How to make:
SHAKE first three ingredients with ice and strain into chilled glass. TOP with champagne.
Lemon zest twist
Fresh, clean, sophisticated - very drinkable and hasn't dated.
Legend has it that the drink was created by Harry MacElhone at his Harry's American Bar, Paris, in 1925 and was named after the 75mm Howitzer field gun used by the French army during the First World War (1914 to 1918). However, like other drinks in the first (1919) edition of Harry's own book, The ABC of Mixing Drinks, he credits the drink to Macgarry of Buck's Club, London, England.
This drink's creation is now sometimes attributed to the USA during the Prohibition era (1920-1933). Although the Howitzer was mounted on American tanks, our issues with the American origin theory are that the Great War was well over by the time Prohibition started and we question whether an American, now or then, would name a drink after a metric measurement. Being Brits, we favour The French 75 being an English drink that grew in popularity in France during the Prohibition era and found its way to the US with returning officers.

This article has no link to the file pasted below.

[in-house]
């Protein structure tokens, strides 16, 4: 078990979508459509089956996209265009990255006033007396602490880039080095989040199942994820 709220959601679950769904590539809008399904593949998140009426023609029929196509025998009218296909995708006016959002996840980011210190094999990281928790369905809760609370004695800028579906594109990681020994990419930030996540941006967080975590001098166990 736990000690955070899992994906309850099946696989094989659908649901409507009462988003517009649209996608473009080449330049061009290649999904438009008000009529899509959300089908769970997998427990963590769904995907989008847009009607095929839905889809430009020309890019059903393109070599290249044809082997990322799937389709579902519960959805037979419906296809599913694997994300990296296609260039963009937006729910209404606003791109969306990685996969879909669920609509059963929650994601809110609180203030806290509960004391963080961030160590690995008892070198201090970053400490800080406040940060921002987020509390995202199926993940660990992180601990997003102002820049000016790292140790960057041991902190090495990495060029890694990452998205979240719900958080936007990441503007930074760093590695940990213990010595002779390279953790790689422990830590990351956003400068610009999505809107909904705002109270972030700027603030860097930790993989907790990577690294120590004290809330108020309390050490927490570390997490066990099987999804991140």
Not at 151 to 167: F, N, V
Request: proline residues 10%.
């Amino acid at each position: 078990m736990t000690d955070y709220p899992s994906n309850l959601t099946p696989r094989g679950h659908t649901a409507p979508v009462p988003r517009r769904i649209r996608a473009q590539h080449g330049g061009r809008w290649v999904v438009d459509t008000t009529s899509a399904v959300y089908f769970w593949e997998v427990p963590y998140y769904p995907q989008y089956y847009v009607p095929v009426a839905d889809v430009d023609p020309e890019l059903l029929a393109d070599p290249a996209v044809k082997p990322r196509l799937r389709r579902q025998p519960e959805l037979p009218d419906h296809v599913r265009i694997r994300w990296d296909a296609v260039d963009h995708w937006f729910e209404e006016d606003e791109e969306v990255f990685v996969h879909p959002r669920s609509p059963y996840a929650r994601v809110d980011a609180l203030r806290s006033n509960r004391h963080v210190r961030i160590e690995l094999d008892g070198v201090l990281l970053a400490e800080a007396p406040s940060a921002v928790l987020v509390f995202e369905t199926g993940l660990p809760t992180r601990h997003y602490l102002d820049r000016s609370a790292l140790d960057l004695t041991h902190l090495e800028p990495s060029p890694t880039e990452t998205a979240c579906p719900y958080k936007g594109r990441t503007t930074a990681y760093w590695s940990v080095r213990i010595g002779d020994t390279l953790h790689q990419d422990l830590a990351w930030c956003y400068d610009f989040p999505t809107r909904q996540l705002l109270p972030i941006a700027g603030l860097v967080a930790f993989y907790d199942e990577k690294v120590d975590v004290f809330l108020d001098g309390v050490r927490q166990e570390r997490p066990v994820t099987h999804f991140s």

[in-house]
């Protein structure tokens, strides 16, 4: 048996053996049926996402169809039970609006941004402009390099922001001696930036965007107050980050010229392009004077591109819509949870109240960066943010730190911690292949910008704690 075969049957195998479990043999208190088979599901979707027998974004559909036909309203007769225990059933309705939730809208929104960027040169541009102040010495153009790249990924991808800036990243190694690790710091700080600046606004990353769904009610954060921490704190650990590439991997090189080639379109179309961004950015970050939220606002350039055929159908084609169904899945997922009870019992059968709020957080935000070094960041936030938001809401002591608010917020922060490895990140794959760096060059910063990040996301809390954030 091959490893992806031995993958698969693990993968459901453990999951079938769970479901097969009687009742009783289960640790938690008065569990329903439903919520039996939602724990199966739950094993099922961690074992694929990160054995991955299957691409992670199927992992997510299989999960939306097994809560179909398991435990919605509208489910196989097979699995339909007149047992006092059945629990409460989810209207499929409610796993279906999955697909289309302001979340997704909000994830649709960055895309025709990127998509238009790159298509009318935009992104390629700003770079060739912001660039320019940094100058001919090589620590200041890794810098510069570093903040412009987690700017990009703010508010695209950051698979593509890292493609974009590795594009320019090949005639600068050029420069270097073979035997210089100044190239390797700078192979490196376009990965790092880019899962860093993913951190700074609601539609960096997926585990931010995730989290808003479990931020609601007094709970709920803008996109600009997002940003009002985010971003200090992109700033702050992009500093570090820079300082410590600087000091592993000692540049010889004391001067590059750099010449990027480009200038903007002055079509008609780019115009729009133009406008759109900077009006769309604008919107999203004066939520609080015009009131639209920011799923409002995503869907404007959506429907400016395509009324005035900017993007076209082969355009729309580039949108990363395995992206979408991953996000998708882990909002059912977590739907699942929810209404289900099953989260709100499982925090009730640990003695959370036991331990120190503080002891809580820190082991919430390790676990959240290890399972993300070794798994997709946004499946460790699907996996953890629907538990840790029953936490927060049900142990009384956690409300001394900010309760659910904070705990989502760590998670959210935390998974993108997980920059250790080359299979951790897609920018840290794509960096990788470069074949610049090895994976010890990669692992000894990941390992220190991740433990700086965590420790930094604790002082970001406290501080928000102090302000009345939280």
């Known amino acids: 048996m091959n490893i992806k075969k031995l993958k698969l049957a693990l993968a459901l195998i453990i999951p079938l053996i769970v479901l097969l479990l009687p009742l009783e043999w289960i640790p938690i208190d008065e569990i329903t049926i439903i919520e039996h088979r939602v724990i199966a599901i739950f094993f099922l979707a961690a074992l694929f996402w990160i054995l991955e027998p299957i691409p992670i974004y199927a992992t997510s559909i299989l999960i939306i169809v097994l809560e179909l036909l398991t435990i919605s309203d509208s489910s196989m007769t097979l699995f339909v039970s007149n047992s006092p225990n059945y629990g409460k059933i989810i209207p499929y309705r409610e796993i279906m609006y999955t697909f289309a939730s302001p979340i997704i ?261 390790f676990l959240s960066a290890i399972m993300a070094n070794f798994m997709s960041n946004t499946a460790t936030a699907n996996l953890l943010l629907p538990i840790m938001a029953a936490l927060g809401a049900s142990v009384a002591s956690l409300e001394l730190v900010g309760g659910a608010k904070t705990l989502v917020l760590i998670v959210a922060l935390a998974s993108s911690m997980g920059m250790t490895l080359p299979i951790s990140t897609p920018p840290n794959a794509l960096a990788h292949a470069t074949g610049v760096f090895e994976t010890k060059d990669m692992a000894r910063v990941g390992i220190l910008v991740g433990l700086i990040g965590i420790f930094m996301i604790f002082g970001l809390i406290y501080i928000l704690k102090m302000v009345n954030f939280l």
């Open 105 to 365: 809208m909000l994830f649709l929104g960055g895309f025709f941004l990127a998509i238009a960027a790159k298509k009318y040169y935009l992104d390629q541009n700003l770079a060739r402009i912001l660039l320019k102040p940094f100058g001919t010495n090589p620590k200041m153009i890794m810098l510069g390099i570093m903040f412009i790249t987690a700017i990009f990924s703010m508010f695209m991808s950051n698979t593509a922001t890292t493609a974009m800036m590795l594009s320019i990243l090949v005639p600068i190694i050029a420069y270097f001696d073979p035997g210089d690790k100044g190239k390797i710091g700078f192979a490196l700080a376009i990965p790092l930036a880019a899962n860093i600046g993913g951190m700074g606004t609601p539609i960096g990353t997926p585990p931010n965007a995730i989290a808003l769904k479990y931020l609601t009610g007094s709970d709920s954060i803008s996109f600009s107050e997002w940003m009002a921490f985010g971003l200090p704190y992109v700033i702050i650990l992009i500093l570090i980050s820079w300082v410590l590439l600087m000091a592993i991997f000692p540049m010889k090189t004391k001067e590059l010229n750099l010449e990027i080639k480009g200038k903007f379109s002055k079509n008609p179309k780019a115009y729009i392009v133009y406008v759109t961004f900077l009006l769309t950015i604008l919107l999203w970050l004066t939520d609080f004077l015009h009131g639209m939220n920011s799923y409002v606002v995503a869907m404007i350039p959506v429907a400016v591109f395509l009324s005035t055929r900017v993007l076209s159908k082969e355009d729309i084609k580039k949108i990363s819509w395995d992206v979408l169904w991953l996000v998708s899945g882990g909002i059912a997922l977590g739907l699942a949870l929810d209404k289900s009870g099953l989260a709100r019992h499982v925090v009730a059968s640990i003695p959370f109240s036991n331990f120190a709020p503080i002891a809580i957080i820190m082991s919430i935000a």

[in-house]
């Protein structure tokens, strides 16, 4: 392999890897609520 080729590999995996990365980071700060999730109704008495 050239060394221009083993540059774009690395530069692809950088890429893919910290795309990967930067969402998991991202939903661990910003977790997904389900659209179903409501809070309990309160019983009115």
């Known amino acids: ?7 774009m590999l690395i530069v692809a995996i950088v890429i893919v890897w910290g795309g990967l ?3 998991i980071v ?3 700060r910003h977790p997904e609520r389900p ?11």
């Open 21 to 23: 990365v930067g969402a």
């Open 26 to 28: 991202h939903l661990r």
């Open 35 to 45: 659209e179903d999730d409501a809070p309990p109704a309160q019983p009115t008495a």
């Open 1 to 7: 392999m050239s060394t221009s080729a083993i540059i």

Arnaud's French 75 bar in New Orleans’ French Quarter chooses to make its eponymous cocktail with cognac rather than gin, in honour of what it takes as its French origins.